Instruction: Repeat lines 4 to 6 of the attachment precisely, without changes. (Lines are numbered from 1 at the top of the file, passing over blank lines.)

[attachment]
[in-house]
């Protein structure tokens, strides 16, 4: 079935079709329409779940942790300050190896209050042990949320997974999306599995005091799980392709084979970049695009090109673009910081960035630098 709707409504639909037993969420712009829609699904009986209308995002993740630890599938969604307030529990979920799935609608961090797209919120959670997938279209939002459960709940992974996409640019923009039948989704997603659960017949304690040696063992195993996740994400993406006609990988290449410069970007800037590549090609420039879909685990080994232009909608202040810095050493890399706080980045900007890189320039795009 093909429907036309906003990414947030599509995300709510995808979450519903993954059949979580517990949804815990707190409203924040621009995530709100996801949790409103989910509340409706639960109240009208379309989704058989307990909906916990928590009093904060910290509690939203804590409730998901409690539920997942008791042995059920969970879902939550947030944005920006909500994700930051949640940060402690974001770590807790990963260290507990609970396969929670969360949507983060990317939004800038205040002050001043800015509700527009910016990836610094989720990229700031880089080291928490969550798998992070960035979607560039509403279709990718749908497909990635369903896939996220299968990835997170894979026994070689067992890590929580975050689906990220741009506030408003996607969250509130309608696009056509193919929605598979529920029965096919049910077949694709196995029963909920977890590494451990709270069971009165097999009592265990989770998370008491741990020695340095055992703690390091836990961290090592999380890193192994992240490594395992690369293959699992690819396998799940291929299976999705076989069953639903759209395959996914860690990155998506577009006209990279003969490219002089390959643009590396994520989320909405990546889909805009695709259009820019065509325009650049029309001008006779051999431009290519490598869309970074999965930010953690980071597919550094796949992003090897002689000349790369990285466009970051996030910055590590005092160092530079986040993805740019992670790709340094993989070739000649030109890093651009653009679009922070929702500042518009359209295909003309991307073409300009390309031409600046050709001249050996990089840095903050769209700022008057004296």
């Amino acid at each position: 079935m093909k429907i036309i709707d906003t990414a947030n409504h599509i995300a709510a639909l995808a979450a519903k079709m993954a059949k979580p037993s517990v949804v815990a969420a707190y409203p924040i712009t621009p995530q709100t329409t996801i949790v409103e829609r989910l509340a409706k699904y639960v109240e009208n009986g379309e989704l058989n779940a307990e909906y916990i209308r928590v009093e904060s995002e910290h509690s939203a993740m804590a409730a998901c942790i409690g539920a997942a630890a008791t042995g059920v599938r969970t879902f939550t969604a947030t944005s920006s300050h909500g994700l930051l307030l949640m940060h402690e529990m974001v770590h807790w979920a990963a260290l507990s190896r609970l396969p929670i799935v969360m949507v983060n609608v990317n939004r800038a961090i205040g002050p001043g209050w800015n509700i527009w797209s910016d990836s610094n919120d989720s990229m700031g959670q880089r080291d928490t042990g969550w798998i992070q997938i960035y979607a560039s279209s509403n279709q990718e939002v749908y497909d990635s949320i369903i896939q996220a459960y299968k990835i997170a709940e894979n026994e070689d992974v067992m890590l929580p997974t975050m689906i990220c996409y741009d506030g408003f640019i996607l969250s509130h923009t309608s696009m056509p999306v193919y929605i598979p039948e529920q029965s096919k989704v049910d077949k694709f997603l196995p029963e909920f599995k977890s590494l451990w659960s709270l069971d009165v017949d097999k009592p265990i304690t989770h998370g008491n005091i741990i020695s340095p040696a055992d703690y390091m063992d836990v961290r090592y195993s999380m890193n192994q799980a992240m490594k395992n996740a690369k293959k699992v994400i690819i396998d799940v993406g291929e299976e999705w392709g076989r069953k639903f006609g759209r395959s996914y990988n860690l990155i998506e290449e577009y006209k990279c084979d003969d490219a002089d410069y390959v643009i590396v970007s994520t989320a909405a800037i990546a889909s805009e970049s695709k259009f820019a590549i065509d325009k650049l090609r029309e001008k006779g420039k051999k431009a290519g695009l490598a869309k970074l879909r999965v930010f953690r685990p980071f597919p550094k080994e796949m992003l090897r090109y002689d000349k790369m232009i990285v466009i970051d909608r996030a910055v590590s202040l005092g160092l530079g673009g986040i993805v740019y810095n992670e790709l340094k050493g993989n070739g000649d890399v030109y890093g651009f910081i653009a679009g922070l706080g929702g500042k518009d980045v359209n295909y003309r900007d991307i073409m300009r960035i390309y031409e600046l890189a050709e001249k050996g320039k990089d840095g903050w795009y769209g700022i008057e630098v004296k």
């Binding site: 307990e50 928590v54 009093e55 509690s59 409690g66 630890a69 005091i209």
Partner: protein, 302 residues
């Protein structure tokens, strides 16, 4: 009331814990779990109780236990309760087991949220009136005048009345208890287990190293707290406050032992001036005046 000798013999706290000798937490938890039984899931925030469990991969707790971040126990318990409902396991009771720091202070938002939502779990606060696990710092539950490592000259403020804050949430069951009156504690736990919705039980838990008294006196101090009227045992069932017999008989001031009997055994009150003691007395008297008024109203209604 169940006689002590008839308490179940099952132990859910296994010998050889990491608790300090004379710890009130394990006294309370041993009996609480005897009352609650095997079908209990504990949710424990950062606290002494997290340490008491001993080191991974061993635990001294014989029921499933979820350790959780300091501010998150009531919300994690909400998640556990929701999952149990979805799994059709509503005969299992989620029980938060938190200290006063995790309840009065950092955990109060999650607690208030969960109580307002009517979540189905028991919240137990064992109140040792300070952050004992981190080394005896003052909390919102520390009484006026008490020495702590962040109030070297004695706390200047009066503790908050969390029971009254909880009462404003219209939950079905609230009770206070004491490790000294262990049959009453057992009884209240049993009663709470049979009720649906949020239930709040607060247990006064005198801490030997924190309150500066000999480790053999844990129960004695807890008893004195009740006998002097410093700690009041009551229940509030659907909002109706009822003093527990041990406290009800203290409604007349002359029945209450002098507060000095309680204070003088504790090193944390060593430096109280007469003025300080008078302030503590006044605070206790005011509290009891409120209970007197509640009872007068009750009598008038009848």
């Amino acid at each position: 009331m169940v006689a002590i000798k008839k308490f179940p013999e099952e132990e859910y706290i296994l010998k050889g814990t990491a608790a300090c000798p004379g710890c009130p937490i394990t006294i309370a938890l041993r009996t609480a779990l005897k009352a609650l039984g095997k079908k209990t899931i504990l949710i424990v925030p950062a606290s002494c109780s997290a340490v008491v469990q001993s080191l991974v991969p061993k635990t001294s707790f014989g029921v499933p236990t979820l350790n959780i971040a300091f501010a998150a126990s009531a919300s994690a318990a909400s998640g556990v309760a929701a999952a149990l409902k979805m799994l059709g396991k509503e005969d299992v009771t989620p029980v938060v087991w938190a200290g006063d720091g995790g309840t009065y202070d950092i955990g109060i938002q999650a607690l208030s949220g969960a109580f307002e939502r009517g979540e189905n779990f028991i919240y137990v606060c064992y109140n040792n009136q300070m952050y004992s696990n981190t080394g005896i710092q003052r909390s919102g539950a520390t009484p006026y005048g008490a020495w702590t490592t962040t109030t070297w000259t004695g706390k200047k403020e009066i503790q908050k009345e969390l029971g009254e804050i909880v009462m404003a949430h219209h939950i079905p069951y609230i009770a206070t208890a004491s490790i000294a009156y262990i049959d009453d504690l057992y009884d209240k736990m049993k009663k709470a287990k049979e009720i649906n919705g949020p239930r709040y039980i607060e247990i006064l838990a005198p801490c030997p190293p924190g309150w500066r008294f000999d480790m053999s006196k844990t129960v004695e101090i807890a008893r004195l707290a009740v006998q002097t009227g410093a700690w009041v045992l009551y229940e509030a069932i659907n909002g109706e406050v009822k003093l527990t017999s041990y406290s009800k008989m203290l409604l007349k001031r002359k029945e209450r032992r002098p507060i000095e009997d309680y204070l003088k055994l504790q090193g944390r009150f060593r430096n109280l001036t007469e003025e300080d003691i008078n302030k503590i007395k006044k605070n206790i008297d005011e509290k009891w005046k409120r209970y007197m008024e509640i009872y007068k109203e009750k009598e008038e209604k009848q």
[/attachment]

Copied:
């Binding site: 307990e50 928590v54 009093e55 509690s59 409690g66 630890a69 005091i209």
Partner: protein, 302 residues
């Protein structure tokens, strides 16, 4: 009331814990779990109780236990309760087991949220009136005048009345208890287990190293707290406050032992001036005046 000798013999706290000798937490938890039984899931925030469990991969707790971040126990318990409902396991009771720091202070938002939502779990606060696990710092539950490592000259403020804050949430069951009156504690736990919705039980838990008294006196101090009227045992069932017999008989001031009997055994009150003691007395008297008024109203209604 169940006689002590008839308490179940099952132990859910296994010998050889990491608790300090004379710890009130394990006294309370041993009996609480005897009352609650095997079908209990504990949710424990950062606290002494997290340490008491001993080191991974061993635990001294014989029921499933979820350790959780300091501010998150009531919300994690909400998640556990929701999952149990979805799994059709509503005969299992989620029980938060938190200290006063995790309840009065950092955990109060999650607690208030969960109580307002009517979540189905028991919240137990064992109140040792300070952050004992981190080394005896003052909390919102520390009484006026008490020495702590962040109030070297004695706390200047009066503790908050969390029971009254909880009462404003219209939950079905609230009770206070004491490790000294262990049959009453057992009884209240049993009663709470049979009720649906949020239930709040607060247990006064005198801490030997924190309150500066000999480790053999844990129960004695807890008893004195009740006998002097410093700690009041009551229940509030659907909002109706009822003093527990041990406290009800203290409604007349002359029945209450002098507060000095309680204070003088504790090193944390060593430096109280007469003025300080008078302030503590006044605070206790005011509290009891409120209970007197509640009872007068009750009598008038009848």